Pilot’s demand for 9/11 apology halts terror deal
BY SEAN O’NEILL, http://www.timesonline.co.uk/printFriendly/0,,1-2-1788277-2,00.html, September 20, 2005
BRITAIN’S refusal to apologise to a pilot wrongfully accused of involvement in the September 11 atrocities is hampering efforts to strike a deal with Algeria over the deportation of terrorist suspects.
The Times understands that the case of Lotfi Raissi, who was jailed for five months over unfounded allegations that he trained the 9/11 hijackers, is a stumbling block in negotiations with Algiers.
Britain is seeking a “memorandum of understanding” with Algeria for the return of terror suspects, including seven men detained last week.
But Algeria wants the resolution of Mr Raissi’s case, including a public apology, to form part of what sources describe as a “package” deal.
Abdelaziz Belkhadem, a senior Algerian minister, was in London at the weekend and met Mr Raissi. The case rankles with Algeria and has continued to receive widespread attention in the media there.
Mr Raissi, 32, told The Times yesterday: “I have been very patient for four years, I have not criticised the British Government or the police but now I need to know why my case has not been resolved.
“Britain expects to solve discrimination, to educate and integrate Muslims but that is impossible while cases like mine are not settled. You cannot destroy someone’s life and not fix it. Algerian people look at my case and see there has been no justice.”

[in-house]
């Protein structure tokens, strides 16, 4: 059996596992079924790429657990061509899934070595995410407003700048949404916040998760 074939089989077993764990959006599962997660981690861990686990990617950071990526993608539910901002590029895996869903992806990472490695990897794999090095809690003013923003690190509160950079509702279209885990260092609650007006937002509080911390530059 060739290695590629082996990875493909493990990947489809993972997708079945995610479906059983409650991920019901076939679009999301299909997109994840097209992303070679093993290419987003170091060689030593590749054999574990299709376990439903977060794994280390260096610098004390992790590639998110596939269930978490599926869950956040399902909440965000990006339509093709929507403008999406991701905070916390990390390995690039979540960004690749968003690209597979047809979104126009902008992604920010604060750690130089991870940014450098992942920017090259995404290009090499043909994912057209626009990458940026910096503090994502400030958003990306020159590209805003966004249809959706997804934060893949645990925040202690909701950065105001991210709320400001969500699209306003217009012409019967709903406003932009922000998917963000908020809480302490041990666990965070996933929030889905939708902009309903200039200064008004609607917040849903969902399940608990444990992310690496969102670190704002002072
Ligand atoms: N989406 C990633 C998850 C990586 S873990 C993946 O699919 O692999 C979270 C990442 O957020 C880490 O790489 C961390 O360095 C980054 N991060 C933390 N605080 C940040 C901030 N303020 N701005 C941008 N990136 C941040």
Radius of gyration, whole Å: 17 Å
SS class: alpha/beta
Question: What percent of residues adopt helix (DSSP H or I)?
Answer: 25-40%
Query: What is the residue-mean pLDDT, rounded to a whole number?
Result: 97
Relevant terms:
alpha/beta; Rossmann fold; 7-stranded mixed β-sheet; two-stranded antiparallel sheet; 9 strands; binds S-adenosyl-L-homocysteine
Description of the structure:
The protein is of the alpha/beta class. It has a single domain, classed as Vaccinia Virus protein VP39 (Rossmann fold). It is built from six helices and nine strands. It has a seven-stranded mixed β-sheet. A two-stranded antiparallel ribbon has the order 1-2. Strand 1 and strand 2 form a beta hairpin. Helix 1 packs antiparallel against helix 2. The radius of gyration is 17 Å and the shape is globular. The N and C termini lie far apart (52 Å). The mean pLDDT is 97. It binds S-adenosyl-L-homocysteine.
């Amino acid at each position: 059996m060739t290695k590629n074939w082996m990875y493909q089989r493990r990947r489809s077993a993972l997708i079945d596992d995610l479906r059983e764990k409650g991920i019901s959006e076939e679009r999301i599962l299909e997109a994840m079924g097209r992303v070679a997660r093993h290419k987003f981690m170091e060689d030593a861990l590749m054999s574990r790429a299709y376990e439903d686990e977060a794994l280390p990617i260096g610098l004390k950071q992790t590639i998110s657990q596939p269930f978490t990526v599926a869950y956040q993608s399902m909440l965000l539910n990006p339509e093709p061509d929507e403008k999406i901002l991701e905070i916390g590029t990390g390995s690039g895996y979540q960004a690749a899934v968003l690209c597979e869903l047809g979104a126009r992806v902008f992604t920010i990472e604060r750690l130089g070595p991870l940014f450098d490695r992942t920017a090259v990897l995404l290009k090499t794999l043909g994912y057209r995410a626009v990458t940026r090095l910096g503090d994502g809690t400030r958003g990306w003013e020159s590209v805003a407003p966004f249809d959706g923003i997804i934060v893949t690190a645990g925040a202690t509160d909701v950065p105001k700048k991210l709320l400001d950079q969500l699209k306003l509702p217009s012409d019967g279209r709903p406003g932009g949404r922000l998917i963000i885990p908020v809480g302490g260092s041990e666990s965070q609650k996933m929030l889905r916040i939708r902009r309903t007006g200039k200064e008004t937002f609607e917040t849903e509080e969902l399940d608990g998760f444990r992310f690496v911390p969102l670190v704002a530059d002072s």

The pilot, who was trained to fly in the US, was arrested in a 3am armed raid on his West London home on September 21, 2001. His French Roman Catholic wife was also arrested.
He was held in Belmarsh high-security prison for almost five months on the basis of an extradition warrant from the US which alleged that he had given flying lessons to Hani Hanjour, one of the terrorists, and had associations with other al-Qaeda operatives.
The US case collapsed and Mr Raissi was released on February 12, 2002, after a judge ruled that the accusations made against him by the FBI “can no longer be substantiated”.
Since his release, Mr Raissi has been seeking an apology from the US and Britain for a mistake which, he says, has blighted his life. He has begun legal action claiming compensation for wrongful arrest and imprisonment but after four years of procedural delays a date has still to be set for the case to be heard in court.
Mr Raissi said: “Before I was arrested my life was great, now I have no life. I am living in a council flat with no job and no prospect of a job. My life has been ruined by a mistake for which no one is prepared to accept responsibility.
“After all the time and money spent investigating my case, they know that there is no truth in the allegations against me, they know that they made a mistake.
“But because I am Algerian, because I am Arabic, because I am a Muslim, I must be suspicious. Algerians are not supposed to be educated and to hold good jobs, we are supposed to be seen as terrorists and that is the bottom line. I can return to Algeria any time to live. But I am staying here to fight my case and because I want to go back to my career in the aviation industry.
“I want to be an ambassador for my country, to show that being Arabic and being a Muslim does not mean you are a terrorist.”
Mr Raissi’s lawyers are seeking a judicial review of a refusal by Charles Clarke, the Home Secretary, to grant him compensation.
Government lawyers have argued that the police and Crown Prosecution Service lawyers acted properly in handling the Raissi case but contend that the mistakes originated in the US.